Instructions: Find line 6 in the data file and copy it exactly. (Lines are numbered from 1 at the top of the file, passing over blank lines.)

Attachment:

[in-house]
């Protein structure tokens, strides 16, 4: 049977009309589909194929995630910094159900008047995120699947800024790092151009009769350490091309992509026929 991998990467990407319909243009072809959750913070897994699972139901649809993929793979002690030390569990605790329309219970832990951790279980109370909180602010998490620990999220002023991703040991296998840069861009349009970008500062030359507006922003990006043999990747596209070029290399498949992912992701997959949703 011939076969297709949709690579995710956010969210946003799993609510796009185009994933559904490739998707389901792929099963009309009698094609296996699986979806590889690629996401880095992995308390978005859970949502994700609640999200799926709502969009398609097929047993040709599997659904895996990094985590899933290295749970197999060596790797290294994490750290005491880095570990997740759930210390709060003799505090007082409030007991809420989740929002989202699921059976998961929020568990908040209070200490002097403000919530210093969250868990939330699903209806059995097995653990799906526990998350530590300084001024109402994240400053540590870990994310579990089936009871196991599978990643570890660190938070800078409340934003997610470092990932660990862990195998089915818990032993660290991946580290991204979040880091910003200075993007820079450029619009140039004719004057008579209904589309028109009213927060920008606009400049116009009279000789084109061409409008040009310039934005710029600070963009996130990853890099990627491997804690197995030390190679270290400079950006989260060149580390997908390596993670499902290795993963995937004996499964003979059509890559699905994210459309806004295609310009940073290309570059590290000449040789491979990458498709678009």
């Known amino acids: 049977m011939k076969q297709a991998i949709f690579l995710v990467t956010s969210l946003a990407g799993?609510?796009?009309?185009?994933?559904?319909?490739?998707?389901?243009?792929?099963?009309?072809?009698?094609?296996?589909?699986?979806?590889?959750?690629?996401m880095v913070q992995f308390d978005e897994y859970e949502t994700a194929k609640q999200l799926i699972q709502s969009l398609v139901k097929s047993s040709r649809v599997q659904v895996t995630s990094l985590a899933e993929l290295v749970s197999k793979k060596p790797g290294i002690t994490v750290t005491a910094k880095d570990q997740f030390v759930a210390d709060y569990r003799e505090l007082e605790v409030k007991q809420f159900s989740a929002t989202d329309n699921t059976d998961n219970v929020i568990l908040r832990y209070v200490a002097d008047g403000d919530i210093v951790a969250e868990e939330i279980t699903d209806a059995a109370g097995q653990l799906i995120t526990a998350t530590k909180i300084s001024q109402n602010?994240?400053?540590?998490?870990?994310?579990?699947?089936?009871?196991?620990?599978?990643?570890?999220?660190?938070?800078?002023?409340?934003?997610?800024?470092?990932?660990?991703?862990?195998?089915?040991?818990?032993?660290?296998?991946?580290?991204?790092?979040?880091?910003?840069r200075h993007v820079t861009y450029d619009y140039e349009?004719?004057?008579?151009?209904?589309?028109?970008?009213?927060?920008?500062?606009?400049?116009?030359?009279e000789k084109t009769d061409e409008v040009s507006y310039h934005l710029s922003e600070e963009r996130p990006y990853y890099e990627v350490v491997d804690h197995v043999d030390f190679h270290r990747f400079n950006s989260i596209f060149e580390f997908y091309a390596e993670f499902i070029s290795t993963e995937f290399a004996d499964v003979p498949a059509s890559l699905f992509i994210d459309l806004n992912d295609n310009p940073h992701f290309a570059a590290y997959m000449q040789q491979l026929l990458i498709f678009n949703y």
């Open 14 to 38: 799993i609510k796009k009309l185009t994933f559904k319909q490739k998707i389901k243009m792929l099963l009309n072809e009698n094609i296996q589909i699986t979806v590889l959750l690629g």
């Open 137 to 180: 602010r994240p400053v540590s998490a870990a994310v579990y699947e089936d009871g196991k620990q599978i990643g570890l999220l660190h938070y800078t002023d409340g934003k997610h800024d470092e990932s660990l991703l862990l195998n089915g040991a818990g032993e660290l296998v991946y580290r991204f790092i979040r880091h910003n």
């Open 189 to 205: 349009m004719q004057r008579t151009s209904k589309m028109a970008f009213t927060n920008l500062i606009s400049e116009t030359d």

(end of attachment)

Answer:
């Open 189 to 205: 349009m004719q004057r008579t151009s209904k589309m028109a970008f009213t927060n920008l500062i606009s400049e116009t030359d």